Three palynological researches were reported in this paper: they are (1) the study on the typical late Tertiary system developed around Kanazawa and in the Aikawa-Sawane route in Sado Island; (2) the pollen analysis of the Diluvial deposits developed extensively at some localities of the district, (a) early Diluvial terrace deposits in Kanazawa, (b) late Diluvial marine terrace deposits around Hiradoko, (c) late Diluvial Okuhara marine terrace deposits near Nanao; (3) the investigation on the Alluvial deposits developed beneath the Imizu plain, Toyama Prefecture. A summary of the palynological studies on the late Tertiary deposits is shown on Fig. 1. The geologic profile of Hiradoko terrace (Fig. 2B), change of sea-level (Fig. 2A), several paleogeographic maps (Fig. 3, left), a series of schematic profiles (Fig. 3, center) and pollen assemblages in several stages of Hiradoko age (Riss-Würm interglacial age) (Fig. 3, right) will help for understanding the climatic change through Hiradoko age. A summary of the palynological studies on the late Pleistocene Okuhara formation and Alluvial deposits is shown in Figs. 4 and 5 respectively.
The writer aimed at the zoning of Alluvial deposit of Tokyo Bay, from the view point of pollen analysis. Two boring cores were obtained, one was at the Warf of Harumi, Tokyo, and another, KI-10 at a locality 5km off Hunabashi City, Chiba Prefecture (Fig. 1). These two pollen spectra are shown in Figs. 2 and 3. The lists of rare specimens are shown in Tables 1 and 2. The cores are lithologically classified in ascending order as follows: Diluvial silt, basal sand, lower clay, middle sand and clay, upper clay, and upper sand. They roughly coincide with Zone W, MW, A, C, T and P of pollen respectively, and are Alluvial except Zone W (Table 3). The climate of Zone W is considered to be cool as proved by the occurrence of such pollens as Abies, Picea, Tsuga, Fagus and Patrinia. The last one is said by Shimakura (1961) to be one of the indicator of a cool climate of Japanese Quaternary (see the Plate). In Zone MW the flora is gradually changing towards the lowest zone. Zone A shows a warm climate and characterized by Alnus which may be a local phenomenon. Zone C comprises abundant coniferous trees, mostly Cryptomeria. Therefore the writer assumes that the climate changed from warm to cool. Zone T is characterized by broadleaved trees (Tricolporo-pollenites spp.) indicating a warm climate similar to that of today. Pollens of recent Pinus are abundant in Zone P.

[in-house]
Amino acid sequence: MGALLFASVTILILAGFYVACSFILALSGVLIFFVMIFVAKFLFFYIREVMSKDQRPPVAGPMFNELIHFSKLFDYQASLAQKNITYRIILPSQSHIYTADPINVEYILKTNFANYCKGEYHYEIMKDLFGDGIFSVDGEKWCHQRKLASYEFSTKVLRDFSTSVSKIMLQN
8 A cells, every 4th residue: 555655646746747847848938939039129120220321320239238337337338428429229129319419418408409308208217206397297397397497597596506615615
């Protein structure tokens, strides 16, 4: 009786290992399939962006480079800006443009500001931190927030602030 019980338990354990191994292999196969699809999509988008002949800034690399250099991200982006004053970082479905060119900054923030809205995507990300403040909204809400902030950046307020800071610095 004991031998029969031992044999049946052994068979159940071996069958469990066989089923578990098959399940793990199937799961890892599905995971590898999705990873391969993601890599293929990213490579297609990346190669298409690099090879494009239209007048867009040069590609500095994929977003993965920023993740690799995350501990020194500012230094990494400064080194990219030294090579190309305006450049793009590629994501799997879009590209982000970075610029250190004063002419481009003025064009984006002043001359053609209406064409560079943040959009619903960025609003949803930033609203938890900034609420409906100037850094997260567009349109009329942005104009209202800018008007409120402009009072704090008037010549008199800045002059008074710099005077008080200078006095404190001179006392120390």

The sediments obtained from Itachino and Noichi locating at the low land, east part of Kochi City, were studied pollenanalytically. As the result of the pollen analyses of these profiles, 4 periods were recognized in the following order from the bottom: 1. Cool period (RI): The area of the Tsugion sieboldii Suzuki ('52) was extended. Its lower limit was lower about 1000m than it is now. This period was recognized at the bottom part of Itachino and the whole of the layers of Noichi. 2. Transition period (RI-II): This period is characterized by an invasion of Cyclobalanopsis. RI-II is regarded as a transition zone between RI and the next RII. In temperature it seems to be more or less warmer than that of RI, but lower than to-day. Therefore these two periods may be referred to the Lateglacial period and the temperate ecotone zone in climate. 3. Warm period (RII): The forest of the former period was pushed away by the warm temperate forest elements such as Cyclobalanopsis and Shiia which became dominant. 4. Decreasing warmth period (RIII): The mutual replacement in dominance of the conifers and the ever-green broad-leaved forest was noticeable. This may be referred to the pluvial stage. After this, sudden increase of Pinus up to the surface is recognized. It is a common phenomenon through out Japan.
In Ôita City, there are distributed the Sekinan and the Ôita groups which deposited during the late Tertiary and the early Quaternary. By pollen analysis of these deposits, the following results are obtained. 1) The floral changes of that time in this region are similar to those of the Ôsaka group and its equivalents of the other regions in Japan, and summarized as follows. a) At the middle part of the Higashiwasada formation (the middle part of the Sekinan group), among the Tertiary floras Nyssa becomes extinct, but Metasequoia is still found in this stage. b) The first appearance of Cryptomeria in this region is shown at the middle part of the Handa formation (the upper part of the Sekinan group). c) In the upper part of the Takio formation (the lower part of the Ôita group) Metasequoia has already disappeared, while Fagus becomes predominant. 2) The first cooling of the climate may be indicated by the appearance of deciduous Quercus at the middle part of the Higashiwasada formation. Therefore, it is presumed that this horizon indicates the Plio-Pleistocene boundary in this region.